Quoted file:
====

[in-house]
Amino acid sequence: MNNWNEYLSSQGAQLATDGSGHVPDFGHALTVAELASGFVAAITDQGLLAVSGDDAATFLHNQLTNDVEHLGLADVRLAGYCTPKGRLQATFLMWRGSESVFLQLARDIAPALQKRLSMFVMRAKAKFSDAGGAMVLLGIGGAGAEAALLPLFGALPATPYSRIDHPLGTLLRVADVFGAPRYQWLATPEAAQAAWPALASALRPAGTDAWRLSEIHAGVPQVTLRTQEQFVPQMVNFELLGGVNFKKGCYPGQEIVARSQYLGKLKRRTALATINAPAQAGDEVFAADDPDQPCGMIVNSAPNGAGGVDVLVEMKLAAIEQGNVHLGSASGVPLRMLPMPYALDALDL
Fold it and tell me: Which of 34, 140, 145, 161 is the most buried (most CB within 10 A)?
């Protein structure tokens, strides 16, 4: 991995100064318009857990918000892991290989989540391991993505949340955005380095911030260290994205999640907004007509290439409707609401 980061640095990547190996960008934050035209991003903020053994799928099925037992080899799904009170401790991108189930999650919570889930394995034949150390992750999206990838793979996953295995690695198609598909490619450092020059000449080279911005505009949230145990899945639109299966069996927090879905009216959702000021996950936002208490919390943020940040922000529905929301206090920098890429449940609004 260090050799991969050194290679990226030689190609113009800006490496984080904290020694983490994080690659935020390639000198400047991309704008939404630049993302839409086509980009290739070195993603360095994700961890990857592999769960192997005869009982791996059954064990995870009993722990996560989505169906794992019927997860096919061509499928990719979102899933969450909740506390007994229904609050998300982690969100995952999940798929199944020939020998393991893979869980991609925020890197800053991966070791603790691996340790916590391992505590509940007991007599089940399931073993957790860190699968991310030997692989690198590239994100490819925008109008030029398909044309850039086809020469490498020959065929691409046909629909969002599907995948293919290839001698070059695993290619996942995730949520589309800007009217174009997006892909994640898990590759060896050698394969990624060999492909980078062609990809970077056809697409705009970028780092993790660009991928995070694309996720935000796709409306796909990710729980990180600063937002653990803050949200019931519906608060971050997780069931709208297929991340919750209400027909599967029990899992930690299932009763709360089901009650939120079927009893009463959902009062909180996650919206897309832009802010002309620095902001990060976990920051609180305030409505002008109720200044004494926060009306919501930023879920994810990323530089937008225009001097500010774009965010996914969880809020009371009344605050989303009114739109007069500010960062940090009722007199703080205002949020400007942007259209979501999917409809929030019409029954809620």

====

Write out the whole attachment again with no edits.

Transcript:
[in-house]
Amino acid sequence: MNNWNEYLSSQGAQLATDGSGHVPDFGHALTVAELASGFVAAITDQGLLAVSGDDAATFLHNQLTNDVEHLGLADVRLAGYCTPKGRLQATFLMWRGSESVFLQLARDIAPALQKRLSMFVMRAKAKFSDAGGAMVLLGIGGAGAEAALLPLFGALPATPYSRIDHPLGTLLRVADVFGAPRYQWLATPEAAQAAWPALASALRPAGTDAWRLSEIHAGVPQVTLRTQEQFVPQMVNFELLGGVNFKKGCYPGQEIVARSQYLGKLKRRTALATINAPAQAGDEVFAADDPDQPCGMIVNSAPNGAGGVDVLVEMKLAAIEQGNVHLGSASGVPLRMLPMPYALDALDL
Fold it and tell me: Which of 34, 140, 145, 161 is the most buried (most CB within 10 A)?
């Protein structure tokens, strides 16, 4: 991995100064318009857990918000892991290989989540391991993505949340955005380095911030260290994205999640907004007509290439409707609401 980061640095990547190996960008934050035209991003903020053994799928099925037992080899799904009170401790991108189930999650919570889930394995034949150390992750999206990838793979996953295995690695198609598909490619450092020059000449080279911005505009949230145990899945639109299966069996927090879905009216959702000021996950936002208490919390943020940040922000529905929301206090920098890429449940609004 260090050799991969050194290679990226030689190609113009800006490496984080904290020694983490994080690659935020390639000198400047991309704008939404630049993302839409086509980009290739070195993603360095994700961890990857592999769960192997005869009982791996059954064990995870009993722990996560989505169906794992019927997860096919061509499928990719979102899933969450909740506390007994229904609050998300982690969100995952999940798929199944020939020998393991893979869980991609925020890197800053991966070791603790691996340790916590391992505590509940007991007599089940399931073993957790860190699968991310030997692989690198590239994100490819925008109008030029398909044309850039086809020469490498020959065929691409046909629909969002599907995948293919290839001698070059695993290619996942995730949520589309800007009217174009997006892909994640898990590759060896050698394969990624060999492909980078062609990809970077056809697409705009970028780092993790660009991928995070694309996720935000796709409306796909990710729980990180600063937002653990803050949200019931519906608060971050997780069931709208297929991340919750209400027909599967029990899992930690299932009763709360089901009650939120079927009893009463959902009062909180996650919206897309832009802010002309620095902001990060976990920051609180305030409505002008109720200044004494926060009306919501930023879920994810990323530089937008225009001097500010774009965010996914969880809020009371009344605050989303009114739109007069500010960062940090009722007199703080205002949020400007942007259209979501999917409809929030019409029954809620």